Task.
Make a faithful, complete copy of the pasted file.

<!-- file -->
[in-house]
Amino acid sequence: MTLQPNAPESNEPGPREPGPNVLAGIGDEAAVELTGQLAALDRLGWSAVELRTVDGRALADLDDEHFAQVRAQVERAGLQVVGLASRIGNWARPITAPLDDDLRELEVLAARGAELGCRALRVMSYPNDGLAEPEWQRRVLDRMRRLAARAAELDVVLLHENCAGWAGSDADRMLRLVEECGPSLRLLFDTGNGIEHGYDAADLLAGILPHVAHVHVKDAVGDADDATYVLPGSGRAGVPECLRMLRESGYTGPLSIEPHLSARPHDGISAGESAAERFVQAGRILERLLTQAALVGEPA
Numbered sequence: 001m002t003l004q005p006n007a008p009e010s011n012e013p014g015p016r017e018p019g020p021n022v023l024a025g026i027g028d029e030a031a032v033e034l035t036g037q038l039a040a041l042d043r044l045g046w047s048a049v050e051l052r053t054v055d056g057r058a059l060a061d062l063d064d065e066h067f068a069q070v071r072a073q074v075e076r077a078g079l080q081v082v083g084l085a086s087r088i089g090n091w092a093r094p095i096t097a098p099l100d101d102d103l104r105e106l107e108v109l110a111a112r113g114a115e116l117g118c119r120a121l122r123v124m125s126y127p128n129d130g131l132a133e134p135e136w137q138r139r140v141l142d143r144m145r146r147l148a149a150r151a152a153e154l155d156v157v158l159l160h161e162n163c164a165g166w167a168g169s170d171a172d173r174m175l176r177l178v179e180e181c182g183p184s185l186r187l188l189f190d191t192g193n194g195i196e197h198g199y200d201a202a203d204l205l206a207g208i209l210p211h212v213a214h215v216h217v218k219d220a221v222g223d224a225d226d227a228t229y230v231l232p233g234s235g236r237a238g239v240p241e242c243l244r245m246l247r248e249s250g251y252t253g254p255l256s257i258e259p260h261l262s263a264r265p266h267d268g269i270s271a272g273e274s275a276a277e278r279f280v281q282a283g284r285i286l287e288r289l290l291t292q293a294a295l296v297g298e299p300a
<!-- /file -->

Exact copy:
[in-house]
Amino acid sequence: MTLQPNAPESNEPGPREPGPNVLAGIGDEAAVELTGQLAALDRLGWSAVELRTVDGRALADLDDEHFAQVRAQVERAGLQVVGLASRIGNWARPITAPLDDDLRELEVLAARGAELGCRALRVMSYPNDGLAEPEWQRRVLDRMRRLAARAAELDVVLLHENCAGWAGSDADRMLRLVEECGPSLRLLFDTGNGIEHGYDAADLLAGILPHVAHVHVKDAVGDADDATYVLPGSGRAGVPECLRMLRESGYTGPLSIEPHLSARPHDGISAGESAAERFVQAGRILERLLTQAALVGEPA
Numbered sequence: 001m002t003l004q005p006n007a008p009e010s011n012e013p014g015p016r017e018p019g020p021n022v023l024a025g026i027g028d029e030a031a032v033e034l035t036g037q038l039a040a041l042d043r044l045g046w047s048a049v050e051l052r053t054v055d056g057r058a059l060a061d062l063d064d065e066h067f068a069q070v071r072a073q074v075e076r077a078g079l080q081v082v083g084l085a086s087r088i089g090n091w092a093r094p095i096t097a098p099l100d101d102d103l104r105e106l107e108v109l110a111a112r113g114a115e116l117g118c119r120a121l122r123v124m125s126y127p128n129d130g131l132a133e134p135e136w137q138r139r140v141l142d143r144m145r146r147l148a149a150r151a152a153e154l155d156v157v158l159l160h161e162n163c164a165g166w167a168g169s170d171a172d173r174m175l176r177l178v179e180e181c182g183p184s185l186r187l188l189f190d191t192g193n194g195i196e197h198g199y200d201a202a203d204l205l206a207g208i209l210p211h212v213a214h215v216h217v218k219d220a221v222g223d224a225d226d227a228t229y230v231l232p233g234s235g236r237a238g239v240p241e242c243l244r245m246l247r248e249s250g251y252t253g254p255l256s257i258e259p260h261l262s263a264r265p266h267d268g269i270s271a272g273e274s275a276a277e278r279f280v281q282a283g284r285i286l287e288r289l290l291t292q293a294a295l296v297g298e299p300a